Tzimmes, tsimmes, and other spelling variants (Yiddish: צימעס) is a traditional Ashkenazi Jewish sweet stew typically made from carrots and dried fruits such as prunes or raisins, often combined with other root vegetables. Some cooks add chunks of meat (usually flanken or brisket). The dish is cooked slowly over low heat and flavored with honey or sugar and sometimes cinnamon or other spices.
Tzimmes is often part of the Rosh Hashanah meal, when it is traditional to eat sweet and honey-flavored dishes. Traditionally sliced in rounds, carrots bring to mind gold coins, symbolizing the hope of prosperity in the year to come.
The name may come from the Yiddish words tzim (for) and esn (eating). "To make a big tzimmes over something" is a Yinglish expression that means to make a big fuss, perhaps because of all the slicing, mixing, and stirring that go into the preparation of the dish.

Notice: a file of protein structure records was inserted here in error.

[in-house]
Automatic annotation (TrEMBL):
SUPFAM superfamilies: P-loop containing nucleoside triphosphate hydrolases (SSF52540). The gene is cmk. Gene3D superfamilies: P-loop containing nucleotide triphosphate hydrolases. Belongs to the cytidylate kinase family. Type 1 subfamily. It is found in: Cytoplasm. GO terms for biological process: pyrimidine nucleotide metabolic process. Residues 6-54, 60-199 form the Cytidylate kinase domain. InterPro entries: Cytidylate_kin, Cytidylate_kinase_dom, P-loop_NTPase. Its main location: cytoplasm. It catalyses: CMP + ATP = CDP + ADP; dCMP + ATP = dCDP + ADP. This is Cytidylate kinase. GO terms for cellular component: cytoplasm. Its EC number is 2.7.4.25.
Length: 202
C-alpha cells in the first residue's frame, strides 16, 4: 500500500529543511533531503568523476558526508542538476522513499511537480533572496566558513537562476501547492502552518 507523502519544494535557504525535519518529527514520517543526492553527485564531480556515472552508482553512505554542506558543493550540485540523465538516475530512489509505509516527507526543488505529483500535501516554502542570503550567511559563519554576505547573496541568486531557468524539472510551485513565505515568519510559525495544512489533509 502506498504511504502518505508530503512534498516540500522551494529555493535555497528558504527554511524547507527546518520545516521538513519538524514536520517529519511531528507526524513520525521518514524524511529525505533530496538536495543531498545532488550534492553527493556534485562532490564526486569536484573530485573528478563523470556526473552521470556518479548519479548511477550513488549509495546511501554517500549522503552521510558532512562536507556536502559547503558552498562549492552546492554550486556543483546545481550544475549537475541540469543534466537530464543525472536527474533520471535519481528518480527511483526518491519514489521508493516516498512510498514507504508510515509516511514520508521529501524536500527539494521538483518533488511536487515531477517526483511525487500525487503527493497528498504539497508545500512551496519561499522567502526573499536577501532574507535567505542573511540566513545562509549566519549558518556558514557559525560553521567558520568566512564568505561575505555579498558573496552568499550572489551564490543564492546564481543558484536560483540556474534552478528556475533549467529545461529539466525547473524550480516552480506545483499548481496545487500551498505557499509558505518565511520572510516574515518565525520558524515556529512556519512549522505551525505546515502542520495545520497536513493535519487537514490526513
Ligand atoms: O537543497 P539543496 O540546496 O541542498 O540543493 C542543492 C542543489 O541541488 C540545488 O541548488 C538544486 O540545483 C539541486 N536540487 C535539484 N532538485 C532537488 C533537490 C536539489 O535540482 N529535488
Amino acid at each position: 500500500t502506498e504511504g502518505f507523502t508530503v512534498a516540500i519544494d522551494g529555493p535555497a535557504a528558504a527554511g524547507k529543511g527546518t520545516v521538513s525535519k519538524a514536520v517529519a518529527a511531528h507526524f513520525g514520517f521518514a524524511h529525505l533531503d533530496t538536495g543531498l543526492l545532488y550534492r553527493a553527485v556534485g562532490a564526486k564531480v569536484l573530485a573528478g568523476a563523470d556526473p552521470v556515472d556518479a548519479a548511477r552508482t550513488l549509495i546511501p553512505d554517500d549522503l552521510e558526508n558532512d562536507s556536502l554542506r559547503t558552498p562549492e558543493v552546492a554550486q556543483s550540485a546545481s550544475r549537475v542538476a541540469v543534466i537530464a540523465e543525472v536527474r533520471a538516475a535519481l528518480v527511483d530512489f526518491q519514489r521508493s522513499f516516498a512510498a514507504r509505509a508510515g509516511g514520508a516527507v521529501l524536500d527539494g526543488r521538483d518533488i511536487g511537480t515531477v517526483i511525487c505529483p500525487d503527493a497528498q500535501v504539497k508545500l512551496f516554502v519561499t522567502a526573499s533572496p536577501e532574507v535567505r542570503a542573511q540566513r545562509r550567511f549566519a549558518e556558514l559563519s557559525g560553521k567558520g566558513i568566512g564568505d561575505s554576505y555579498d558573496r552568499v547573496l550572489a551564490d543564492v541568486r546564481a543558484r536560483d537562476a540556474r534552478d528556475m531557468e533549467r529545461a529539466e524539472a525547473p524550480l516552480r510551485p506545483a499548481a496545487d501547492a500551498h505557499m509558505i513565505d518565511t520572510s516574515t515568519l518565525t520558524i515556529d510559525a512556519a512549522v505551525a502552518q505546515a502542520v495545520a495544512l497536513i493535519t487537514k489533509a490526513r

See also 
- Zeldes, Leah A. (2010-09-01). "Eat this! Tzimmes, A sweet start to the Jewish New Year". Dining Chicago. Chicago's Restaurant & Entertainment Guide, Inc. Retrieved 2010-09-01.
- Holiday food
- Merriam-Webster dictionary: tzimmes
- Joan Nathan, Joan Nathan's Jewish Holiday Cookbook, Schocken, 2004; page 237.
- Whats4eats: carrot-tzimmes recipe
- Tri City Herald: Carrot tzimmes